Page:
Boozy night not enough for sacking

Last updated 16:44 15/03/2013

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A Tauranga-based air traffic tower manager sacked after a boozy night out might get her job back after her husband apologised to an Airways Corporation employee he abused when she was fired.

Michele Dumble lost her job after an alcohol-fuelled night out with two subordinates led to police being called to a Nelson hotel.

An Employment Relations Authority (ERA) decision ruled that she was unfairly dismissed but made no award for compensation for "humiliation or hurt feelings".

It said the corporation did not have to reinstate her until her husband, Tauranga Airport manager Ray Dumble, "resolves" an "abusive" phone call he made as a result of the sacking.

Dumble told Fairfax Media he was happy with the ERA decision and did what "any wise person would have done" in his situation.

"I did apologise," he said.

He declined to comment on his "abusive" call to the Airways employee, but said it was "an extremely stressful time".

Airways said it was deciding whether to appeal against the decision, pointing out that the ERA had found the process fair and reasonable.

"Airways is clear that the decision to terminate was appropriate in the circumstances but accepts that the authority had a different view," it said.

In a 25-year career, Michele Dumble soared to a senior position in charge of 180 staff.

Airways grounded her after police were called to a Nelson hotel early on September 27 last year after guests in a neighbouring room complained about the noise.

Police said Dumble, who had been asleep, was unsteady on her feet, slurring her speech, "lippy" and gave a hotel worker the "finger".

The hotel complained to Airways, leading to an investigation into the conduct of the trio.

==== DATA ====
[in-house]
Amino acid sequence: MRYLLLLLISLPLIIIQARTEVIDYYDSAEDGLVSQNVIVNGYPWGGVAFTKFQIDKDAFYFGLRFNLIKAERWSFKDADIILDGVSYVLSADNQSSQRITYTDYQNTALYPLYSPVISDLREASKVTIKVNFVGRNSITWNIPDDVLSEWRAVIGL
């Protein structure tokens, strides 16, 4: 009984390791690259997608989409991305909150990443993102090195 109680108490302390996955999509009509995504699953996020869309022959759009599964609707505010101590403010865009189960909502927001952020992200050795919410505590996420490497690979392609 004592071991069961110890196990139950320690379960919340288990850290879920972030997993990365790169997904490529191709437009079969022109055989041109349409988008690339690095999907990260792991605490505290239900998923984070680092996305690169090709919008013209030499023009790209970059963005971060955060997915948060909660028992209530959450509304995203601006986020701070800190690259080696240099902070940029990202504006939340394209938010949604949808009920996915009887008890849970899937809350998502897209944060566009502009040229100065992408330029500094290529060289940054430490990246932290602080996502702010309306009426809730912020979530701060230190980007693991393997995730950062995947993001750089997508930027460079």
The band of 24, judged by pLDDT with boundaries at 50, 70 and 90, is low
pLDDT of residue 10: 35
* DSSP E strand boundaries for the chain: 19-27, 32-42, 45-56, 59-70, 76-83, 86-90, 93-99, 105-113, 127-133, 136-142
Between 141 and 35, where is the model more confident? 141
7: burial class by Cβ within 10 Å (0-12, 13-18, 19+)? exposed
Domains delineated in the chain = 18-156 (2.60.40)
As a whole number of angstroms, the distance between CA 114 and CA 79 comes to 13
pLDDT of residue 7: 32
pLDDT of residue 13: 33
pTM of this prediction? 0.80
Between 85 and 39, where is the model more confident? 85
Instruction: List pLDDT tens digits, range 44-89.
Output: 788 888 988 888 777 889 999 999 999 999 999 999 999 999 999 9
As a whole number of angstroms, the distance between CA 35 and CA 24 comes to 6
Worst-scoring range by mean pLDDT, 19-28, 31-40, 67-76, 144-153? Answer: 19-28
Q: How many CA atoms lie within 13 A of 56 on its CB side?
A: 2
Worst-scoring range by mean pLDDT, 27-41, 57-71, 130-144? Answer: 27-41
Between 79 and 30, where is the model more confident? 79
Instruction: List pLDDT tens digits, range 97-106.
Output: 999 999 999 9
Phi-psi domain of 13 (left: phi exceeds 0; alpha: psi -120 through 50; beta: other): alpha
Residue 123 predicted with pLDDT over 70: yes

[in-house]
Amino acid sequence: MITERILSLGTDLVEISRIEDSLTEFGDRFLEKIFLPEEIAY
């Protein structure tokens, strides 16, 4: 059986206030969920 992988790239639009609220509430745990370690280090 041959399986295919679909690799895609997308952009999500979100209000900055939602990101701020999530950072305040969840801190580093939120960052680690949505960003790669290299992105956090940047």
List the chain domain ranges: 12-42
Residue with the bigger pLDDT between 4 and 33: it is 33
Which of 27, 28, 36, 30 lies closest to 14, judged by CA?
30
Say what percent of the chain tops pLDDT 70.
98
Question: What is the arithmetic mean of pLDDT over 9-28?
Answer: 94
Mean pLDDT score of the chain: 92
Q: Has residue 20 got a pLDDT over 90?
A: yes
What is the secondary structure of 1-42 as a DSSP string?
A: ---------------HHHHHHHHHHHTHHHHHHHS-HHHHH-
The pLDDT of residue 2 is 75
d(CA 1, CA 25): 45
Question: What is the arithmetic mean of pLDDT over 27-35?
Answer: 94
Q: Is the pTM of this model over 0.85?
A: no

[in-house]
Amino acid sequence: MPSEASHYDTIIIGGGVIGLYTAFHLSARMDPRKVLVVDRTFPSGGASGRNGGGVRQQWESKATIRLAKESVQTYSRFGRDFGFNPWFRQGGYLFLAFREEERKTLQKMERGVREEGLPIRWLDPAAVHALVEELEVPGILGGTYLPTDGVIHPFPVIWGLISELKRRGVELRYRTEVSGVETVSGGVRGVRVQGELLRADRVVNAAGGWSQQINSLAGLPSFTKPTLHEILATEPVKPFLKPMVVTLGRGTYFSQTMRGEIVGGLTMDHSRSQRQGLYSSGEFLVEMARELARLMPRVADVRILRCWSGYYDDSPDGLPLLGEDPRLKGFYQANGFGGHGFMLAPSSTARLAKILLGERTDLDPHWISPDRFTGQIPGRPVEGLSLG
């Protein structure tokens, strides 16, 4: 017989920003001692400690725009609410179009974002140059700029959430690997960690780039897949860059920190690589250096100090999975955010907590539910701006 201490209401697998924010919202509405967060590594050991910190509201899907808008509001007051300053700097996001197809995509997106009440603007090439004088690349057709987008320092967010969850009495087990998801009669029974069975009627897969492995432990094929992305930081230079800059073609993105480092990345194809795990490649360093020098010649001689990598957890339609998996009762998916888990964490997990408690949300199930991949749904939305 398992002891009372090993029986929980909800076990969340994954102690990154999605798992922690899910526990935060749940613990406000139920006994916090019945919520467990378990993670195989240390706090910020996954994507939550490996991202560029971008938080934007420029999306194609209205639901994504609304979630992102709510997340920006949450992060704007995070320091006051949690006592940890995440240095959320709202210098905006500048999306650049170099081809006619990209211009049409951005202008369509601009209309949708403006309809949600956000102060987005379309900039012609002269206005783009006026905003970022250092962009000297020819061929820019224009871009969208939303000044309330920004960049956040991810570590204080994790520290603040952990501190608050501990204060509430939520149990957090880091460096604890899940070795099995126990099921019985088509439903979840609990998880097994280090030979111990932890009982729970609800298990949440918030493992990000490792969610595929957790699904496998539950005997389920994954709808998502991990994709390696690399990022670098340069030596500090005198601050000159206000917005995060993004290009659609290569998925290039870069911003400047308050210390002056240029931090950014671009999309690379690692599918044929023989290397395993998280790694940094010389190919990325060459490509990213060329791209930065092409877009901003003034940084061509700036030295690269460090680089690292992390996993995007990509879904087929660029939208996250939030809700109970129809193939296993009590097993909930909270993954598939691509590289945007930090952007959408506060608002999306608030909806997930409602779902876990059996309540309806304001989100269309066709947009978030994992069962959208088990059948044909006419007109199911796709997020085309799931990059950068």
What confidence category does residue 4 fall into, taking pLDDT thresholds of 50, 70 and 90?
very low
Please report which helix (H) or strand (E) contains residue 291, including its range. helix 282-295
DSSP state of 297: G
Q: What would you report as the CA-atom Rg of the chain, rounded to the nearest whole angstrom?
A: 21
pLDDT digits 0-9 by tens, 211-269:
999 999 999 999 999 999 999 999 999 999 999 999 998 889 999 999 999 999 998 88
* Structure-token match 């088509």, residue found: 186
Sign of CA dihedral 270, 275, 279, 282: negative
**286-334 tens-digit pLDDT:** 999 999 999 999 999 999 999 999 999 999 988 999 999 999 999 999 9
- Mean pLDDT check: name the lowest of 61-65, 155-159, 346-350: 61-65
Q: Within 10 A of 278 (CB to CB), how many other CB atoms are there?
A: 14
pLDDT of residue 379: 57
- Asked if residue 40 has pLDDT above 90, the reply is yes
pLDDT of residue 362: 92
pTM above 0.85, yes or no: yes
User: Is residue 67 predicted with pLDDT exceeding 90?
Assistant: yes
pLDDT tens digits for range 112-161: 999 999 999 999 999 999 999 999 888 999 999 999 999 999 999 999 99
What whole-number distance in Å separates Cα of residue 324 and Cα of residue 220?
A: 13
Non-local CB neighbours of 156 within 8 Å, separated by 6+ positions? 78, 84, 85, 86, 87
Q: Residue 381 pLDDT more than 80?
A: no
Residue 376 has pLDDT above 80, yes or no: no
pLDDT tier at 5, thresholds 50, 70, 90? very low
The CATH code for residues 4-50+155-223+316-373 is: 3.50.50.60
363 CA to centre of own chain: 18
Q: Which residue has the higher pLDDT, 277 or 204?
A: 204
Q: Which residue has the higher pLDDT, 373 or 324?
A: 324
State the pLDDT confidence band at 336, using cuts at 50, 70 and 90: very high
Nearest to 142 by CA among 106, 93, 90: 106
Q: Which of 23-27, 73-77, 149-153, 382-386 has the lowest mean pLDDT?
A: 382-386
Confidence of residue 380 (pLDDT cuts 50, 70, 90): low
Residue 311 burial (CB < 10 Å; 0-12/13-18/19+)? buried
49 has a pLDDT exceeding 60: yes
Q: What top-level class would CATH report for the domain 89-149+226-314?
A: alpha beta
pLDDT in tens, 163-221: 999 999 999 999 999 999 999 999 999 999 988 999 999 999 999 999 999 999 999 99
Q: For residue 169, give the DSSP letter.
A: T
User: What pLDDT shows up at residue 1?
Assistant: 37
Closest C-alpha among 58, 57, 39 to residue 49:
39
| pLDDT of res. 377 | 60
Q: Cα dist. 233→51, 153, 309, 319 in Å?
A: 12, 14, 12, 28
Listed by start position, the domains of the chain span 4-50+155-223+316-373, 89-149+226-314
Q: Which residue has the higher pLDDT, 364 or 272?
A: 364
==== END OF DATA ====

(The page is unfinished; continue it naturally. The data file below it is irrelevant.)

One resigned, the most junior was given a final written warning and Dumble opted to take a personal grievance, arguing disparity of treatment.

Dumble had brought Airways into disrepute and had breached company policy on alcohol consumption and credit card use, the corporation told the ERA.

She had allowed work credit cards be used to buy five bottles and four glasses of wine and a glass of beer when the limit was one glass of beer or wine.

As the senior employee, she would have been been aware that her subordinates were breaching the policy, and her alcohol consumption had prompted Airways to cancel a meeting she had been scheduled to attend at 10am after her night out.

ERA member Alastair Dumbleton found Dumble had been unjustifiably dismissed and ordered her reinstated, provided her husband's abuse of an unnamed Airways employee was addressed "to the satisfaction of that employee".

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Dumbleton found it was not reasonable for Airways service delivery boss Andy Boyd to assume Michele Dumble knew her colleagues were misusing company credit cards.

Her behaviour had not brought Airways into disrepute, as it had happened for "a very brief time in a private place away from work", he found.

While Airways was entitled to cancel the 10am meeting she had been in Nelson for, and to be concerned about the amount of alcohol downed, there was no basis on which it could be reasonably assumed she was unfit for work, the ERA said.

"No testing was done to see what levels of alcohol she had in her system some 10 hours later."

Dismissing Dumble was not what a fair and reasonable employer would have done, the ERA said, although lesser disciplinary action "could have been" justified.

- BusinessDay.co.nz

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